Paradise is regain-able?

Today being universal Children’s day, I searched for something meaningful to share with my students. During my search for sayings about childhood (I obviously can’t come up with any myself…), I found many that were so sweet to me…and so true! My favourite was:

When childhood dies, its corpses are called adults and they enter society, one of the politer names of hell.  That is why we dread children, even if we love them, they show us the state of our decay.  ~Brian Aldiss

It’s hard to determine exactly what part of us is most hurt by the demise of our innocence, but whatever that may be; we can at least be attuned to our own children and attempt to understand what language they speak to us in: Our pidgin can’t be that far off. Have we stopped tasting, smelling, touching, seeing, hearing what is right in front of us? I don’t think we have. We just stop appreciating it for simply what it is or simply because.

And so, we grow up. I was wondering, if we could make the conscious effort not to lose ourselves in adulthood, what would be the result. Or maybe, if we tried to maintain that sense of imagination, if not that simplicity, that inevitably slips away from us. There is something in adulthood when we are on the brink that is absolutely seductive and we can’t wait to cross the one way bridge. Adulthood has it’s own pleasures, but was it worth half of what was? If Jesus could say,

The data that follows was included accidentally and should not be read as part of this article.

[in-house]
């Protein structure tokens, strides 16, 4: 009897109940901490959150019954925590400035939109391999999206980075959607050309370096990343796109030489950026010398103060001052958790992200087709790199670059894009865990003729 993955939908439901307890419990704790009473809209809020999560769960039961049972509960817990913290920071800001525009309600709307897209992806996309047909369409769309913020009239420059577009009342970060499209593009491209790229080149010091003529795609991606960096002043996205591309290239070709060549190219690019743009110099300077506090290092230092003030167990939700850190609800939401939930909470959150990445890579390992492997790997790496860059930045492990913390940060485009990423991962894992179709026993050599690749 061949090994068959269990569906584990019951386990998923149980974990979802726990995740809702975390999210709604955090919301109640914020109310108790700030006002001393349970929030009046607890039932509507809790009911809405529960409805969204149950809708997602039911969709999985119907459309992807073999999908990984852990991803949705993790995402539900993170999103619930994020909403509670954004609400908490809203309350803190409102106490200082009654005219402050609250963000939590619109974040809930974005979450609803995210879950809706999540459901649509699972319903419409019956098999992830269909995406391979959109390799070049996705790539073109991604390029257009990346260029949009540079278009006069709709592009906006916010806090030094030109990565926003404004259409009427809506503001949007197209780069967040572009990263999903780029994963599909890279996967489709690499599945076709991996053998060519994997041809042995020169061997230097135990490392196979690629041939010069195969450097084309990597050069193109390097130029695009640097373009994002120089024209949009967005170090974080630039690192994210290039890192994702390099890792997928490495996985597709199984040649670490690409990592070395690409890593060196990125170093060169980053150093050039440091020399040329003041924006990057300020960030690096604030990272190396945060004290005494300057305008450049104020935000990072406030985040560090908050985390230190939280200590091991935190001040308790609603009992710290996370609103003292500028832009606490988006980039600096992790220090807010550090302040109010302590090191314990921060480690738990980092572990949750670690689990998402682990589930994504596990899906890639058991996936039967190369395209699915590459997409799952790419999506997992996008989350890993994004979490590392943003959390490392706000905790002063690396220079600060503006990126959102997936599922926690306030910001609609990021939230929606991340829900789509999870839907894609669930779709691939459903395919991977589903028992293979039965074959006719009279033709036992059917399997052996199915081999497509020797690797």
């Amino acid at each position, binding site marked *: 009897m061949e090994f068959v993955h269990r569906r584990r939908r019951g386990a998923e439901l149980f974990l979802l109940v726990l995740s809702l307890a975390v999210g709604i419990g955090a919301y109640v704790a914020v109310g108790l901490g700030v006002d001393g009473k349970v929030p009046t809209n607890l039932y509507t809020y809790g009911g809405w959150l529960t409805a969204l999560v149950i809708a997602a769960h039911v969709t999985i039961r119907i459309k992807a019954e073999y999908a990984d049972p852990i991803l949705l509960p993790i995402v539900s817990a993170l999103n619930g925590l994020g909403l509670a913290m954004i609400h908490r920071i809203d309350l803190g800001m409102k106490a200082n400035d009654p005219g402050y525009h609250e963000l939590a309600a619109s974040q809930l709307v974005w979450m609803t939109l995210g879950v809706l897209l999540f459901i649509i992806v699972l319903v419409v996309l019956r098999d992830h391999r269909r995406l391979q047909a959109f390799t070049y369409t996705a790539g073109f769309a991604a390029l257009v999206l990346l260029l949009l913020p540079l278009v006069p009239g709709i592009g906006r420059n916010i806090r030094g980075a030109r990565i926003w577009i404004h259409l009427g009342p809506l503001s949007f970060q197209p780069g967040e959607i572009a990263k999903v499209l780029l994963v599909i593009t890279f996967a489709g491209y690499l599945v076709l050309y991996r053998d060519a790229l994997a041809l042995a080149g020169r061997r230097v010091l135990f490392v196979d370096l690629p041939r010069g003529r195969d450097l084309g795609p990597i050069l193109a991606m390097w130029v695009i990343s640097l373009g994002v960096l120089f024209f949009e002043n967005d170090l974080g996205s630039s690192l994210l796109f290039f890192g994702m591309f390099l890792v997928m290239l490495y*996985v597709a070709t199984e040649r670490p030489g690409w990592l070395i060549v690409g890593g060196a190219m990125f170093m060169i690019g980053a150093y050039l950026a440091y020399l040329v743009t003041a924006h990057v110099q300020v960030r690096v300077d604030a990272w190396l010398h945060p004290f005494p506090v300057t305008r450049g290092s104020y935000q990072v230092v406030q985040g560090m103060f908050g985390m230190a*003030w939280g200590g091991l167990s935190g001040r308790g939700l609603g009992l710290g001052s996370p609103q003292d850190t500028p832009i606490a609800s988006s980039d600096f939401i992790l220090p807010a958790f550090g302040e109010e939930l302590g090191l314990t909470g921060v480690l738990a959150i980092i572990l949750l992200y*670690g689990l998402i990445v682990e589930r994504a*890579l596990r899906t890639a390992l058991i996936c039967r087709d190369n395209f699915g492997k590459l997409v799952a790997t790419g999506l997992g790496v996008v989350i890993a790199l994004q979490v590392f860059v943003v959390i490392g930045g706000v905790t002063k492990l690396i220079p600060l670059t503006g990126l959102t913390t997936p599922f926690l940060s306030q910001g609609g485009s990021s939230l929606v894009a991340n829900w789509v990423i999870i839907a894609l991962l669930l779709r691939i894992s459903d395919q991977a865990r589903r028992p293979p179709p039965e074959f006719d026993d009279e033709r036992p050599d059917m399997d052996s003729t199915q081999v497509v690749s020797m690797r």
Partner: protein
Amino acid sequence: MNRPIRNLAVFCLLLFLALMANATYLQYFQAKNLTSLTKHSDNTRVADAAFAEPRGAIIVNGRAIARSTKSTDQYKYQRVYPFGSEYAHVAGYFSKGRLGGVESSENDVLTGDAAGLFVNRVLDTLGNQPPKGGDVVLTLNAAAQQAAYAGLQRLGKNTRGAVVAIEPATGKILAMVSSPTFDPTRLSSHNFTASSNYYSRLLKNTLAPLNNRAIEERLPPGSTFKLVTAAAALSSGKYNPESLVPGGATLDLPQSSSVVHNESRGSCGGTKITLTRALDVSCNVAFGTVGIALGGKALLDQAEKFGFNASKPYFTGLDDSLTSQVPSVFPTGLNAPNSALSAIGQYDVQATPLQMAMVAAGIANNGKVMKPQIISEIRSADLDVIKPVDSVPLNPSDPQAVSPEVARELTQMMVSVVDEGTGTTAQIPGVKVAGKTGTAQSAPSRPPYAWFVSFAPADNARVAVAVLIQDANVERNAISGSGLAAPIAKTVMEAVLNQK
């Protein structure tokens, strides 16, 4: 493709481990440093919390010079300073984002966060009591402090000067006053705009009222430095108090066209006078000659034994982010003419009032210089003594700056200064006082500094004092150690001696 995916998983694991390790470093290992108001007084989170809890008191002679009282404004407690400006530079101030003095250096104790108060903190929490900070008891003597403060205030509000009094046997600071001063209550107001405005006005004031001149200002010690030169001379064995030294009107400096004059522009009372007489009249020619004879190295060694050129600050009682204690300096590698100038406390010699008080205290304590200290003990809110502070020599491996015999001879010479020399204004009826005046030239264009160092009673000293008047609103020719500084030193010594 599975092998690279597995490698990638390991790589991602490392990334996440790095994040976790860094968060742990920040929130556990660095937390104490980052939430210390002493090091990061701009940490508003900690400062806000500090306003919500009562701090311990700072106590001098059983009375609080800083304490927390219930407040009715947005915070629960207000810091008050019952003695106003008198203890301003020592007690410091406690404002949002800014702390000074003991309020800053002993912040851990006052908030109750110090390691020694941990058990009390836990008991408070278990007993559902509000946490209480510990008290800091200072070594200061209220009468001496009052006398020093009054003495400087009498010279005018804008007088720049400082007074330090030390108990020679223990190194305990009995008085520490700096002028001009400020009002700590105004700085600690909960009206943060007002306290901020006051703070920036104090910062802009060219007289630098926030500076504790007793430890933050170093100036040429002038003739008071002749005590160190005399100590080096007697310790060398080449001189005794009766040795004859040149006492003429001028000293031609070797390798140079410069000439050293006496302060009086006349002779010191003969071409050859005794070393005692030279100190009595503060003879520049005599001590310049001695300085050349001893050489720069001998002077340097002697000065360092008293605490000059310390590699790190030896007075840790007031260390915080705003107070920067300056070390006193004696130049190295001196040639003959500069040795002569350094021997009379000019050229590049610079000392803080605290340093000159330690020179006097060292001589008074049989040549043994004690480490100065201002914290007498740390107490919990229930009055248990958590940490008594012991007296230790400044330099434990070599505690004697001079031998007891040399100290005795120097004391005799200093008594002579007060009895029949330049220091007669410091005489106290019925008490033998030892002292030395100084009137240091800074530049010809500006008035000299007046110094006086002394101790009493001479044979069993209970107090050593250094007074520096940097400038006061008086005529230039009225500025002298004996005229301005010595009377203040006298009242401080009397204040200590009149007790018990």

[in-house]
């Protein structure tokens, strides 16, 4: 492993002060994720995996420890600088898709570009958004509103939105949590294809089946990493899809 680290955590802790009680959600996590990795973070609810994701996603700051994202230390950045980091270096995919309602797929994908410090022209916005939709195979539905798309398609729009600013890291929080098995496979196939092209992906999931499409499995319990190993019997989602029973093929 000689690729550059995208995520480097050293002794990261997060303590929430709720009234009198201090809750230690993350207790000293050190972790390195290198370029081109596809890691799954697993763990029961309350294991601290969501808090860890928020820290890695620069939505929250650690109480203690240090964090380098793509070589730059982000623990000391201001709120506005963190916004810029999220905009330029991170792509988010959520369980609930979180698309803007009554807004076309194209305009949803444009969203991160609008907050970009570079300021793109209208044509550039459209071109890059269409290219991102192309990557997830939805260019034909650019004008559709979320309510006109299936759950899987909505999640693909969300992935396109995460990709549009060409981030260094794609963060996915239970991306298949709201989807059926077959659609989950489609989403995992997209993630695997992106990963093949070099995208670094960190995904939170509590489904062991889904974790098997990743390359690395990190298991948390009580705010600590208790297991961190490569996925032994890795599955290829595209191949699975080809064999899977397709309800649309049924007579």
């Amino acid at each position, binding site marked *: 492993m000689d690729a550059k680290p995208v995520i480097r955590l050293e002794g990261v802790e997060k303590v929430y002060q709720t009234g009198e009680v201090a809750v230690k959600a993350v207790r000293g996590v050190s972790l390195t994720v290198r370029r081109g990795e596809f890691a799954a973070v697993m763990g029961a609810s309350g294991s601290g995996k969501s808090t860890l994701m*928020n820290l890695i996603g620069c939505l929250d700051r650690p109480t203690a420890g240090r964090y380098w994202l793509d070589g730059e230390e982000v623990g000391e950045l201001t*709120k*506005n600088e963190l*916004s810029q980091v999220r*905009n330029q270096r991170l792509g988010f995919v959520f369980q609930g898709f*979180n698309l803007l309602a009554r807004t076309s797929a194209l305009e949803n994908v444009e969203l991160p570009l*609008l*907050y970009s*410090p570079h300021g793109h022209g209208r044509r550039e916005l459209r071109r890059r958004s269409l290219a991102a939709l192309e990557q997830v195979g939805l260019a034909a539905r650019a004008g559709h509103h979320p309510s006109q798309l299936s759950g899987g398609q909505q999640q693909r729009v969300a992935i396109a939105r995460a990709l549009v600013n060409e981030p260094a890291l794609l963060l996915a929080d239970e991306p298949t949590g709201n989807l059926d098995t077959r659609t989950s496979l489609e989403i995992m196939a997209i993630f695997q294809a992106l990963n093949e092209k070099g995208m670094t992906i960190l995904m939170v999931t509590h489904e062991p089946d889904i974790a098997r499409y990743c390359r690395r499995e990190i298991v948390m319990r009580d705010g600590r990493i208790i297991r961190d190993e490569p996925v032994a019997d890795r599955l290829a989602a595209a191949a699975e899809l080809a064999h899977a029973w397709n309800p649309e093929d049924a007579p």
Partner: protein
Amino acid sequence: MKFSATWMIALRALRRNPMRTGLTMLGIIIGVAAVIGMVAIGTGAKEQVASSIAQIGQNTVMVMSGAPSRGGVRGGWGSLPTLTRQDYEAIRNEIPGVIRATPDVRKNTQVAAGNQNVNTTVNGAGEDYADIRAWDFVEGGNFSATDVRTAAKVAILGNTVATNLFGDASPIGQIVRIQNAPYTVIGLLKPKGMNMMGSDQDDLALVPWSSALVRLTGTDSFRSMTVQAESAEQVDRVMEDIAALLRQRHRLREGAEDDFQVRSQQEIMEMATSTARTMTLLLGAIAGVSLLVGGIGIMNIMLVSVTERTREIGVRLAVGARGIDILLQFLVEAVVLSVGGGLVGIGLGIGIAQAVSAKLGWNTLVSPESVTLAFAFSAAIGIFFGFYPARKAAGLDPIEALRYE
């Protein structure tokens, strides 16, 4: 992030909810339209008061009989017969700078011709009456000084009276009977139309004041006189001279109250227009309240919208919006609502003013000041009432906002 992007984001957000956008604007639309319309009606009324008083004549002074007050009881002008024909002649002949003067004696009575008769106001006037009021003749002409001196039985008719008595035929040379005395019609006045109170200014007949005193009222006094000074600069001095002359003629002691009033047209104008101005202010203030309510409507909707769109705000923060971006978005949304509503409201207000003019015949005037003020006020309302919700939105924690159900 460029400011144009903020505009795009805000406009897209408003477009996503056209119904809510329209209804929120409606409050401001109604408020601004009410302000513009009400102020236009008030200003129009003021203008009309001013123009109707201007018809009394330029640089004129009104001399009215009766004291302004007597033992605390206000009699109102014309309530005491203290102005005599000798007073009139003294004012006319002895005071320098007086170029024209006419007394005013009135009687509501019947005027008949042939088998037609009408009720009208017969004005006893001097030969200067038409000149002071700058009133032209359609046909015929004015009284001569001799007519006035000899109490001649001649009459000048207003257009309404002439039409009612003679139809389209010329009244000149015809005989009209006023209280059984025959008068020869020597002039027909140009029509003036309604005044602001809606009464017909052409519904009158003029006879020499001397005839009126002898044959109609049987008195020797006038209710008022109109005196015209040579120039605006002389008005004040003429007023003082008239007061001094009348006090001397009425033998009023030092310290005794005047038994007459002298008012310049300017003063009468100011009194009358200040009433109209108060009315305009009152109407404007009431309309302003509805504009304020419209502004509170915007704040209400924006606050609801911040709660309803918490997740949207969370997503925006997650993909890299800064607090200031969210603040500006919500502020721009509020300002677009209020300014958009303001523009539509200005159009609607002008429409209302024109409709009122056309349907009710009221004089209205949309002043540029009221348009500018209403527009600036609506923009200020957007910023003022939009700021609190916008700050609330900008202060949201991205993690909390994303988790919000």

Suffer the little children to come unto me, and forbid them not, for of such is the kingdom of God.

~Jesus

…then we can surmise that we are closest to heaven not in our last moments, but in the first ones we experience.

I saw this video that I feel relevant to this topic on Cuban writer Zoe Valdes’ blog, who in turn saw in on Elisabet Martinez’ blog. The video is of a conversation between French-Cuban Anais Nin and American Henry Miller, two talented writers of the 20th century who greatly appreciated art and sensory perception and appreciation. This video is gold!

Just because we can forget, doesn’t mean we cannot be reminded or we cannot remind ourselves. I think that in closing, another saying from another writer, Jean de la Bruyere says it all…

Children have neither past nor future; they enjoy the present, which very few of us do.  ~Jean de la Bruyere

Let your inner child out sometimes. Appreciate life’s simple intricacies now.

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~ by louella001 on October 3, 2011.

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